Enjoying the many new and delicious restaurants around town is something my family enjoys doing on a regular basis. Sometimes it can seem overwhelming to look at the many different options on pages and pages of menus at these restaurants.
Small changes and requests to the menu items can help curb those extra calories we sometimes rack up when eating out. Our children learn by example – by adopting a positive attitude towards making healthier choices, you’ll help your kids think that way too.
Have a look below for some tips and tricks from the Healthy Canadians website for enjoying a healthier meal when eating out:
- Treat your taste buds to something different. Italian, Chinese, Japanese, Thai, Caribbean, Greek, Indian, Middle Eastern, and other ethnic cuisines offer healthy choices.
- Ask to see the nutrition information for the menu items in your cafeteria, restaurant, and fast food outlet. Use it to help you choose the healthier menu options.
- Ask for your meal to be cooked without salt or MSG (monosodium glutamate), a seasoning that is very high in sodium.
- Enjoy the taste of foods without adding butter, margarine, gravy, or rich sauces. Ask how your meal is prepared, and ask for the sauce to be left off or served on the side.
- If you do eat a meal high in calories, fat, sugar, and salt (sodium), be sure to eat healthier meals the rest of the day.
Some examples of healthier menu options:
- Foods like steamed vegetables, vegetable soups, fresh fruit salads, berries with yogurt, and salads with dressing on the side are just a few of the healthier options.
- Choose dark mixed green salads with vegetables or fruit instead of higher fat Caesar, taco, potato, or pasta salads.
- Order gravy, sauces, and dressings on the side and use only small amounts.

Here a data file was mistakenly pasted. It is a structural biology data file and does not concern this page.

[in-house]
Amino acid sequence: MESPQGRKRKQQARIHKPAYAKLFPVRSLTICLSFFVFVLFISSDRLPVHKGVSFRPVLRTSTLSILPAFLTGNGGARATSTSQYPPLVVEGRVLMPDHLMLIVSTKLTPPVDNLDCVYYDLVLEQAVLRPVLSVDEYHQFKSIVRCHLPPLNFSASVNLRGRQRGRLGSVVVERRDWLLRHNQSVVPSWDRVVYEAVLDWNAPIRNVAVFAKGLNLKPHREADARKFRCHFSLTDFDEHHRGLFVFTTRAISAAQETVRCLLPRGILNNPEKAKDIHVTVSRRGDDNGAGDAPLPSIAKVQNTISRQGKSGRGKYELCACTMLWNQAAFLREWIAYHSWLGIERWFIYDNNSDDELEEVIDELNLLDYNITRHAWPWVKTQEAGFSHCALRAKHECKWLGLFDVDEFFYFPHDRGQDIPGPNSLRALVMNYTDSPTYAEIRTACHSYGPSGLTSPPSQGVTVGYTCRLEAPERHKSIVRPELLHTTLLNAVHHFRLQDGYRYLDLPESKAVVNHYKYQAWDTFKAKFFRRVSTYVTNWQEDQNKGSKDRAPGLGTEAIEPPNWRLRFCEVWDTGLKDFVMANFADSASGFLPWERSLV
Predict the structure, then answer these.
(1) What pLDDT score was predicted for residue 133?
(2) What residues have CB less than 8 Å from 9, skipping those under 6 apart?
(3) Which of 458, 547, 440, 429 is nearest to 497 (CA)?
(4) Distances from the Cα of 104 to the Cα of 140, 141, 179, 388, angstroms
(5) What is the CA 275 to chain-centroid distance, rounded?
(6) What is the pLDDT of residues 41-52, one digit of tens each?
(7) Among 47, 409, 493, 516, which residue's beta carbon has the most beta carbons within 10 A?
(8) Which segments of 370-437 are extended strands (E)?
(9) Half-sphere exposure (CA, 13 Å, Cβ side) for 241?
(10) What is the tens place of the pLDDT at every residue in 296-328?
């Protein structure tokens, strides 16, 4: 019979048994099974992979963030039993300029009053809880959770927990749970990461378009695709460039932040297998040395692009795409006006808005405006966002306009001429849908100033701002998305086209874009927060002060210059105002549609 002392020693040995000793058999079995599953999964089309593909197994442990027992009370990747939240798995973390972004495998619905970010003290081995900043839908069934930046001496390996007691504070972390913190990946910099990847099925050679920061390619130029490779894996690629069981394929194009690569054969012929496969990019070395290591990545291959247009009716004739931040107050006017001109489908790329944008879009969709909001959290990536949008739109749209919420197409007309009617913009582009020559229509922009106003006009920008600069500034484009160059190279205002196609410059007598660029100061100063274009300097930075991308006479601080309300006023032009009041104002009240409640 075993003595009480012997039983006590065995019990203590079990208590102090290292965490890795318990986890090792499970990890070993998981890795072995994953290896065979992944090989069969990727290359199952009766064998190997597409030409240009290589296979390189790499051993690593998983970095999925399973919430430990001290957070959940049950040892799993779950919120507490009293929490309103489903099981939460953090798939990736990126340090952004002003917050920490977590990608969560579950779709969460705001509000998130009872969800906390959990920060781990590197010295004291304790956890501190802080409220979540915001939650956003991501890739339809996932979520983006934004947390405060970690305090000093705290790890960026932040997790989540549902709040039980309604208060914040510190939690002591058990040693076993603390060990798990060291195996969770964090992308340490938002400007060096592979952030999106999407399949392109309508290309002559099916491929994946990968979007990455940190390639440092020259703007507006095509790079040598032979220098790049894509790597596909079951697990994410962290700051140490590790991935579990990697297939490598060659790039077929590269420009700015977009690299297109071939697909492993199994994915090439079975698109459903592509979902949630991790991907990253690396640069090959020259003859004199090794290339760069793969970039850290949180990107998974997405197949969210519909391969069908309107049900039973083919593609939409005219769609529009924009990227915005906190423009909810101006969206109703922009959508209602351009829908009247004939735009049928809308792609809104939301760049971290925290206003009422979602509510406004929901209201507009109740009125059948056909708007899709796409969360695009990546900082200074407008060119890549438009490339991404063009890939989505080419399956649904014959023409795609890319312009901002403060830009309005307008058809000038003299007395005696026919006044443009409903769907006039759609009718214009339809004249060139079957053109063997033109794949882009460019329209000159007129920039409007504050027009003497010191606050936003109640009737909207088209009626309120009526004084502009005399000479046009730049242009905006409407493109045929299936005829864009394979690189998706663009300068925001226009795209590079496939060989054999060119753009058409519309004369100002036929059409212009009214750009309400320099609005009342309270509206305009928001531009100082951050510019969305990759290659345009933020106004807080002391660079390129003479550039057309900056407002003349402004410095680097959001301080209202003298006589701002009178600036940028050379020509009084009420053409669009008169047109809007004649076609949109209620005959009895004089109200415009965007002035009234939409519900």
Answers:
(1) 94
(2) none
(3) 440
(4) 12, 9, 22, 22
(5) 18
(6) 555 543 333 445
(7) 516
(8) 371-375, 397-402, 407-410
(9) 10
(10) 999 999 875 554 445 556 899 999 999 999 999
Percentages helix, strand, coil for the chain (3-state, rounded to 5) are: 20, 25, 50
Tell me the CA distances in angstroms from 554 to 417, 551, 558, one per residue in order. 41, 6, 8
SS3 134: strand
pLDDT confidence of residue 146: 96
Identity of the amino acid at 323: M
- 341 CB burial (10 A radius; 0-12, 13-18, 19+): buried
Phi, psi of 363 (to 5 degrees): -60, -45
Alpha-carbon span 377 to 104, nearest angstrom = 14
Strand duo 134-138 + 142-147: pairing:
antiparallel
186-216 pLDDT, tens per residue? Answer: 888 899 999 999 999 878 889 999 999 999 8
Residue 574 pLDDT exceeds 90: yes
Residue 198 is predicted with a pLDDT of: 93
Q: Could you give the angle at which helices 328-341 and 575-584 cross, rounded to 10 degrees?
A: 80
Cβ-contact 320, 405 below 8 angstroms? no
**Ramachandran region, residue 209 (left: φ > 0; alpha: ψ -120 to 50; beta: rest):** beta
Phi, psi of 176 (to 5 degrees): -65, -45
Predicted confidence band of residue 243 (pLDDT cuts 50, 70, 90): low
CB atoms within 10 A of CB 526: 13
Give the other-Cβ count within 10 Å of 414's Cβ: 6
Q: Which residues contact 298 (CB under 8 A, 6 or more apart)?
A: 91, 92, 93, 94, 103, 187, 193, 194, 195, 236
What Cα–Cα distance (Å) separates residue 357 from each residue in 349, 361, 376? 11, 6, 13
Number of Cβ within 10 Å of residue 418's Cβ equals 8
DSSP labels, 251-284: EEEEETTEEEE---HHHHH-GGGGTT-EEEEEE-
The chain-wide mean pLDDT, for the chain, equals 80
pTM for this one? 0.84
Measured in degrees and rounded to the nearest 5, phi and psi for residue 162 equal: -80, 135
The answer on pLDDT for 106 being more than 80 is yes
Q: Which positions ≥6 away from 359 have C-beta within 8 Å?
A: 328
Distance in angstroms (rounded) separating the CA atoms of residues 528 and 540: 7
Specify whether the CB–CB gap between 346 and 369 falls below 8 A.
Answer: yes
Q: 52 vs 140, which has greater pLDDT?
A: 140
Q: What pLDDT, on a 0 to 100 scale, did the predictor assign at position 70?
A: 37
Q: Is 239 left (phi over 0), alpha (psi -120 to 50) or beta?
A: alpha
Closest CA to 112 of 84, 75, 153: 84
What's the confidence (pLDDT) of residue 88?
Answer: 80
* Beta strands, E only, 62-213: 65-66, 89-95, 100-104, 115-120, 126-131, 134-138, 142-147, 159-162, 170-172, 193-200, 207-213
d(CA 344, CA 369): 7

- Choose tomato- or vegetable-based soups and pasta sauces instead of alfredo or cheese sauces.
- Order sandwiches, subs, or wraps with whole grain bread, buns, or tortillas. Choose one spread instead of two (for example, mayonnaise or margarine, not both).
- Choose baked, broiled, or steamed foods instead of breaded or deep-fried foods.
- Limit cakes, cookies, and rich desserts. Get a smaller size or share with your family or friends.
- Choose water, skim, 1% or 2% milk, fortified soy beverage or 100% juice instead of soft drinks or highly sweetened beverages.
Keep portion size in mind
Some restaurants serve a lot more food than you need. These tips will help you keep your portion size reasonable.
- Avoid super-sizing.
- Order a small appetizer or half a meal.
- Share your meal with someone.
- If you are served too much food, ask for a take-out container and keep the leftovers in the fridge for the next day.
- Have the small-sized drink and ask for a glass of water instead of ordering a large. You can add a lot of extra calories in your day just from drinks.
- My Food Guide Servings Tracker helps you keep track of the amount and type of food you eat each day.
- eaTracker (by the Dietitians of Canada) helps you set food and activity goals and compare your food choices to national guidelines.
A colleague of mine recently told me that when it came to going out to eat when she was a kid, it meant only one of two options: McDonald’s or Swiss Chalet. Now that she’s a mom, she deliberately tries to expose her son to different restaurants with varied cuisines, like Chinese and vegetarian.
Although she says she has had some regular success getting him to try non-traditional foods, she confesses that given the choice, McDonalds or pizza are still his favourites….oh well, at least Happy Meals can include yogurt and apples nowadays!
What are some of your family’s favourite places to eat out?
Kristin Harris is a registered dietitian with Kids Eat Smart Foundation Newfoundland and Labrador.